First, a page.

They are the right-brained, too-smart-for-the-room, often spike-haired (and, often, tatooed and/or pierced... or all of the above), techno-geek hipsters who are the first to break the IT department's end-user rules by listening to streaming audio while they work (thereby using-up untold bandwidth that the rest of the company needs for revenue-generating tasks); or by hosting renegade music downloading servers on their desktop machines so that their employer will eventually get a threatening CEASE AND DESIST letter from RIAA or other copyright holders; or by downloading and installing anything and everything sufficiently shiny and sparkly to distract them from what they're supposed to be doing -- again, without clearing it through the IT department and/or filling-out a requisition for whatever it is to first be assessed to ensure that it will play nicely with the rest of the network and then to be installed in an orderly fashion by someone from the IT department who will know how to configure it so it doesn't screw-up everything -- and, in the process, introducing into the entire system all manner of viruses, worms, trojans and other destructive and/or parasitic crap that can crash the system altogether, or rob others of their productivity or sometimes even their very work, or compromise the system's security so that company secrets or, worse, personal employee data may be obtained by hackers.

    IT -- and I mean the real IT -- is like a train and the tracks on which it runs. IT decides where the tracks will run and then builds, installs and maintains them. IT decides what kind of locomotive will run on said tracks, then obtains or builds, installs and maintains them. IT is the engineer that drives the train and makes sure that when the conductor (which is the closest thing in this analogy to which programmers/software engineers can be compared) says to stop or start or go on one direction or the other, those things are done in a way that ensure the ongoing operability of the railroad in a safe and cost effective manner.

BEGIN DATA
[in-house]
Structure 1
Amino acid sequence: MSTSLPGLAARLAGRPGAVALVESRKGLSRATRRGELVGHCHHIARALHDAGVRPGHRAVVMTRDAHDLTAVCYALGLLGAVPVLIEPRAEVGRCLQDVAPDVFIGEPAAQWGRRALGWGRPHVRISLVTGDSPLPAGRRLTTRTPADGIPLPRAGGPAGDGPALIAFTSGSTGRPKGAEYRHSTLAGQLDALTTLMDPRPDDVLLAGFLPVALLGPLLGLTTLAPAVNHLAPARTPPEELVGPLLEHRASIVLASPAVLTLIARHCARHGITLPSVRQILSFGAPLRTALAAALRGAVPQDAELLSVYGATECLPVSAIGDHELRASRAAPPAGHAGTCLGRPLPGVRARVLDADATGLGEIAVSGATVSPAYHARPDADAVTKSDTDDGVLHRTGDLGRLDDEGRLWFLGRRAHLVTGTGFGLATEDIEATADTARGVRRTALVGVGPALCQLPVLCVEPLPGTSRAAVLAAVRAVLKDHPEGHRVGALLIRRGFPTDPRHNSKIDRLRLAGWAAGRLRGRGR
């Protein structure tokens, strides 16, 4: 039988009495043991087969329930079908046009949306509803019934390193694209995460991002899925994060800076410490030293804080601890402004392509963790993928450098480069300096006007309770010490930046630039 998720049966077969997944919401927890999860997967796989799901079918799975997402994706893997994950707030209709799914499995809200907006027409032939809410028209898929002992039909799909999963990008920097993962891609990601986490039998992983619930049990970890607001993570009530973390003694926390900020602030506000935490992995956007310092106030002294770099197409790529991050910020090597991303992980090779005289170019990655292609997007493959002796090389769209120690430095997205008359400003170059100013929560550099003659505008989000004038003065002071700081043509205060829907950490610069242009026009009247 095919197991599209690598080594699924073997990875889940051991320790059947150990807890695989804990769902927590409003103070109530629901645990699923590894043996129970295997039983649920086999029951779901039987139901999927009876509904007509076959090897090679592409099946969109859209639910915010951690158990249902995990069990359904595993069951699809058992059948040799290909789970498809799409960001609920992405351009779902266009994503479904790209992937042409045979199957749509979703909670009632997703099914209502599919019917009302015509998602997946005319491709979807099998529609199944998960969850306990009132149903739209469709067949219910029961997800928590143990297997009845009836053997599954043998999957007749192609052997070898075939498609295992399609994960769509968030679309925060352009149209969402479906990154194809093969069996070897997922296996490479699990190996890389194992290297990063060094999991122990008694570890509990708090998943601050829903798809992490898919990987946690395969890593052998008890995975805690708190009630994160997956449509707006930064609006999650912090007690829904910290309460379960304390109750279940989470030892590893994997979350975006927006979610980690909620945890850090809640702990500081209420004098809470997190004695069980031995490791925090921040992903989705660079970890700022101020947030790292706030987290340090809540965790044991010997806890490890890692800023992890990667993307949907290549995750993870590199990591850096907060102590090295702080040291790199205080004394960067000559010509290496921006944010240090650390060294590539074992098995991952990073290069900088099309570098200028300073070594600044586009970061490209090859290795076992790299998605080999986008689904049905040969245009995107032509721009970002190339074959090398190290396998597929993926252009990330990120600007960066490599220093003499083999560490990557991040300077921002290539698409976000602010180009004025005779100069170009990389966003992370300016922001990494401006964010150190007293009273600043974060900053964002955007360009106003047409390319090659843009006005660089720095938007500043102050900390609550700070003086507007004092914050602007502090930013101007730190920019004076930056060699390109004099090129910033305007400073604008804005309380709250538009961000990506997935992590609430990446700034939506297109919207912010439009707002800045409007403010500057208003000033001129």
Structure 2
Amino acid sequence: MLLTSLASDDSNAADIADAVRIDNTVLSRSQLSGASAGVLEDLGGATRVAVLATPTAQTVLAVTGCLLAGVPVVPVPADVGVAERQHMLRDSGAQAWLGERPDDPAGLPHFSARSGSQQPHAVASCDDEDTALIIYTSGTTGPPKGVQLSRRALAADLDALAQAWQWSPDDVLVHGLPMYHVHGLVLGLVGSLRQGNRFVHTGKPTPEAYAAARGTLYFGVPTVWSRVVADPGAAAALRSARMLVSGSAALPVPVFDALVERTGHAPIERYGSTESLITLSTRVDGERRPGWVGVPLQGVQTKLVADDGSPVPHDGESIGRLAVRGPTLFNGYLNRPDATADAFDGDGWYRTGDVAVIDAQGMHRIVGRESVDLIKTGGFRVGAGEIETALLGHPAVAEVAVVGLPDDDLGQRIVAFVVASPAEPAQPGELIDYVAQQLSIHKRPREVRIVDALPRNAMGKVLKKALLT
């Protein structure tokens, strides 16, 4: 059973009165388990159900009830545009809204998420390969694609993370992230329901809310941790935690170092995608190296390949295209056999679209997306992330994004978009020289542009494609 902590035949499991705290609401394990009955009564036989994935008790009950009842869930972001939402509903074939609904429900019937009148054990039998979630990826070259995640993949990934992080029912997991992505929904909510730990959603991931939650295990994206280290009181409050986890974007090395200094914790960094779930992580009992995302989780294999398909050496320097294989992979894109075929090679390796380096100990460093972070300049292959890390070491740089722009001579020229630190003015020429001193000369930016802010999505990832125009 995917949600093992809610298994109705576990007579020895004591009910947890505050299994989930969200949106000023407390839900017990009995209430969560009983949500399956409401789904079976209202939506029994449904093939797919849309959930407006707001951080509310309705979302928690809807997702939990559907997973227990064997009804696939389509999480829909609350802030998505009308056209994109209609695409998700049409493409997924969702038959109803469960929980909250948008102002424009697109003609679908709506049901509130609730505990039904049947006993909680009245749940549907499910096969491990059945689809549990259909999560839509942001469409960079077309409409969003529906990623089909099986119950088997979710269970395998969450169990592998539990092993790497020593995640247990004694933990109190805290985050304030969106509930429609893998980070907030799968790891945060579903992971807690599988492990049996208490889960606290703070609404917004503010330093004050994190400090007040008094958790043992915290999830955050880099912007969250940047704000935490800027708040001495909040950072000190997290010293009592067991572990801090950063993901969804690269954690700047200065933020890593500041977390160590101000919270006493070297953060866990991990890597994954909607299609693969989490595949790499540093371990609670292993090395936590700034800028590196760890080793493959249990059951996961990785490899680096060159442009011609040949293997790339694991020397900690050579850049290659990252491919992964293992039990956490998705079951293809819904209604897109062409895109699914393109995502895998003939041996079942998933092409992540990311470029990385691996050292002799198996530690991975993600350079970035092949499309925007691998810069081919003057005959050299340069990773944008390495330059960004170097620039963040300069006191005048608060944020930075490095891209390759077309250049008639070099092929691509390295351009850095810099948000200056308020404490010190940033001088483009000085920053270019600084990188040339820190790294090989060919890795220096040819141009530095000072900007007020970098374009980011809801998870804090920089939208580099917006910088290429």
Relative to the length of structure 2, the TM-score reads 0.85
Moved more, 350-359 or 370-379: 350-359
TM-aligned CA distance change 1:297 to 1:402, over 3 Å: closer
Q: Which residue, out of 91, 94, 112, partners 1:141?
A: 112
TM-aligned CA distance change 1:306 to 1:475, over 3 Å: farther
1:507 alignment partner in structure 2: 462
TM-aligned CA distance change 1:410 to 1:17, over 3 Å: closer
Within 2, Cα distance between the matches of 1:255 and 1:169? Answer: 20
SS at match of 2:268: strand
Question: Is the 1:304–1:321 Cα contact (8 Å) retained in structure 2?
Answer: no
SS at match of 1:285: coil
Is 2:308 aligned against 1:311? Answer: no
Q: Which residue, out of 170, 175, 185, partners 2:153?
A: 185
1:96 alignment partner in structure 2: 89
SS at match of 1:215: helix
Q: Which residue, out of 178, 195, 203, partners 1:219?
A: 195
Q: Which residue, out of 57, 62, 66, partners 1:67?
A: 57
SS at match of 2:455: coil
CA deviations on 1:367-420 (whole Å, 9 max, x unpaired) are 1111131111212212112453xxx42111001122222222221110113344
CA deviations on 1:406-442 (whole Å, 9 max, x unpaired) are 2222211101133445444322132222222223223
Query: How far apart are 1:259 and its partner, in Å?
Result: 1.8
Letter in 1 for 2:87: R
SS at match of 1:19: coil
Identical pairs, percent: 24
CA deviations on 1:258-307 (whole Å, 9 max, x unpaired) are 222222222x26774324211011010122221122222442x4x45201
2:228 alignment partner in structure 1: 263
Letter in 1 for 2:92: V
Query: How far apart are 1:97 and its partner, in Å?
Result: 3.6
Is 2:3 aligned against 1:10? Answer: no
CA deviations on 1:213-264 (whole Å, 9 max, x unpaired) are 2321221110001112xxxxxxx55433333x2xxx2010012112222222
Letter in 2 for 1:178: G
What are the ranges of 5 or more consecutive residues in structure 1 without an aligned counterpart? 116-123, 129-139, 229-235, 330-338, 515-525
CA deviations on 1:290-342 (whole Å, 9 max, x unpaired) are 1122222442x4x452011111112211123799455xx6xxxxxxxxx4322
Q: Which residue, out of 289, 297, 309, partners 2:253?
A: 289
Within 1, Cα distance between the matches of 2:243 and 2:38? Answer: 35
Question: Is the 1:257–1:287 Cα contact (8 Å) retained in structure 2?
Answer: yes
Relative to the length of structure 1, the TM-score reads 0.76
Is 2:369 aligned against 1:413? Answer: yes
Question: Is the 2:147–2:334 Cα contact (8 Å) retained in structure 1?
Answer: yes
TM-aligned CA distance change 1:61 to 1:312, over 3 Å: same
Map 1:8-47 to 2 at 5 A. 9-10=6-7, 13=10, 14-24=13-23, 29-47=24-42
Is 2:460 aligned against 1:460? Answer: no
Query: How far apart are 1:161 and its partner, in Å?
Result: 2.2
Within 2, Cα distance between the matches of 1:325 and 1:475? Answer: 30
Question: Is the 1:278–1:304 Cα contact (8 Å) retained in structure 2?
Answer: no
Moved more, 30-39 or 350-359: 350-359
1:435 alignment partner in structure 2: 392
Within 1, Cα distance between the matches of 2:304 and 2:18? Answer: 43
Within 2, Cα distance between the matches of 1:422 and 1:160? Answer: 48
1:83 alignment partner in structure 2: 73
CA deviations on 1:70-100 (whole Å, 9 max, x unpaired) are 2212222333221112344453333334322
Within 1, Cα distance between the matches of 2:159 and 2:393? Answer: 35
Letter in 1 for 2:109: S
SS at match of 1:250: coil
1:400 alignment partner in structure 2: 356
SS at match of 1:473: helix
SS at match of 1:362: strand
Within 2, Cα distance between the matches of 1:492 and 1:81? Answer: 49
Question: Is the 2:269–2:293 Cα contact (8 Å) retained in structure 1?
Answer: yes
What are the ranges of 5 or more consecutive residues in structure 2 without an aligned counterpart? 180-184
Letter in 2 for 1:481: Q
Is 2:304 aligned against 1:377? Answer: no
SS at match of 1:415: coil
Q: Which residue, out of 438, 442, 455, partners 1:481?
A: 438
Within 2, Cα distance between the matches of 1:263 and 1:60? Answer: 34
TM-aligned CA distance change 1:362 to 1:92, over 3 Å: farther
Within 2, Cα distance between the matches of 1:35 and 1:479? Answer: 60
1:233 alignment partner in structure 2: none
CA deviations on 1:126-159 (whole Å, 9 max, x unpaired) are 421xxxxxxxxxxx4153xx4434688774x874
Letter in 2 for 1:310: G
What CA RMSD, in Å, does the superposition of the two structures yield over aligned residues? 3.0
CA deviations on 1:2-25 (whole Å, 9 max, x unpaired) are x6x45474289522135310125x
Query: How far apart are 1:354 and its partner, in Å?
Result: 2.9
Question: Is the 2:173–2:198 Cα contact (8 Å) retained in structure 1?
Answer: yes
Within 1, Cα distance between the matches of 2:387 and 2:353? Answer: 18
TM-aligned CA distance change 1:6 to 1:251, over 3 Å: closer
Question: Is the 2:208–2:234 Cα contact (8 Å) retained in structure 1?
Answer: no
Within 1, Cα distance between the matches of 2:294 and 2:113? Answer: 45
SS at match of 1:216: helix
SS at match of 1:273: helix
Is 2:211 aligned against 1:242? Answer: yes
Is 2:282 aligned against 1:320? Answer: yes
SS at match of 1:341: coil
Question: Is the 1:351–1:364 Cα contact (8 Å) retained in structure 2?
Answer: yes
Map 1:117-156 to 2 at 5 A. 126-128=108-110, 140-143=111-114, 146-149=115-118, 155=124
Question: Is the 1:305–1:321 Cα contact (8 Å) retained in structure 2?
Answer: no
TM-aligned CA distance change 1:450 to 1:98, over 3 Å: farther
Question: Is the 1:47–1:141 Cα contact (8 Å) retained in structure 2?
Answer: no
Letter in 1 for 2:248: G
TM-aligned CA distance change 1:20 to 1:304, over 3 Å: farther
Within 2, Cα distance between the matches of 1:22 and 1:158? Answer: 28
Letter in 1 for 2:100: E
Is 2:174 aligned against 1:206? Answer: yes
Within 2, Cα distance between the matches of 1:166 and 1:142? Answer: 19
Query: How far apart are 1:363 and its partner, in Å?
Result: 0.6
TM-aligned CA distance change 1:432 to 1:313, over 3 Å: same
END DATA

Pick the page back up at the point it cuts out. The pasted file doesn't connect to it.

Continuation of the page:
As you have seen in this very thread, programmers and software engineers try to appropriate the term "IT" for themselves and their extremely narrow realm -- their but one facet -- of what is the larger, overall IT area and function; assuming, apparently, that the computer fairy must have come in while they were sleeping and built the complex computer and networking infrastructure without which they would just be sitting at their desks with their d_cks in their hands; and that those who actually did build (and continue to maintain and grow) said infrastructure are merely "help desk" and "bench" peons and other forms of lowly galley slave losers. Programmers and software engineers are self-interested and effete little vermin who are usually far more trouble than they're worth; and, if the bug-ridden software sitting on my computer is any indication, they're not really good enough at what they do to be so damned arrogant.

    So, don't be misled mcdirector. Bing and richtx are blowing smoke up your ass, and couldn't punch their way out of a truly IT-related paper sack. I've been arguing with, about or over programmer/software engineering knuckleheads like this for most of my (considerably-longer-then-either-of-their) career(s), and in organizations where the IT function -- and the limited programmer/software engineer role therein -- is clearly and rightly understood, they're just frustrated and bitter nobodies who use misdirection and falsehood to make themselves look important to those who -- perhaps like you... at least for the moment -- don't know the difference.
  14. richtx

    richtx New Member

    The Pontificators

    The pontificators are those in IT that make a living, and sometimes a darned good one at that, hearing themselves talk. They don't actually produce anything of value or make things work but do a good job of looking important.
    I don't know how a person in the business for thirty years could possibly call a software engineer in any sense of the word an "end user". Must be in a different industry than I? Actually in my present job our software engineering "end users" are paving the way in areas from requirements analysis, architecture design, configuration management, tool selection, compilers, hardware, testing, etc. I wonder, really wonder, what "IT people" have done to lay the ground work for us end users? Moreover I wonder WHO other than us "end users" might these IT people be?
    I wonder if this is the type of job a fifty something entry level candidate might be interested in getting involved with after plugging in a computer and figuring which end is up? Perhaps, and if so more power to them.
    I recently completed your run of the mill MS in MIS while away on contract in order to keep busy. With my interaction with non-technical oriented classmates such as teachers I found they did not in general have sufficient analytic skills to do well in classes such as Database Systems or Survey of Programming languages. Now this does not mean they are not smart enough to become pontificators perhaps but if they really want to work where the "rubber meets the road" it is a tough hill to climb. For all those willing to try however I do send my best wishes. :cool: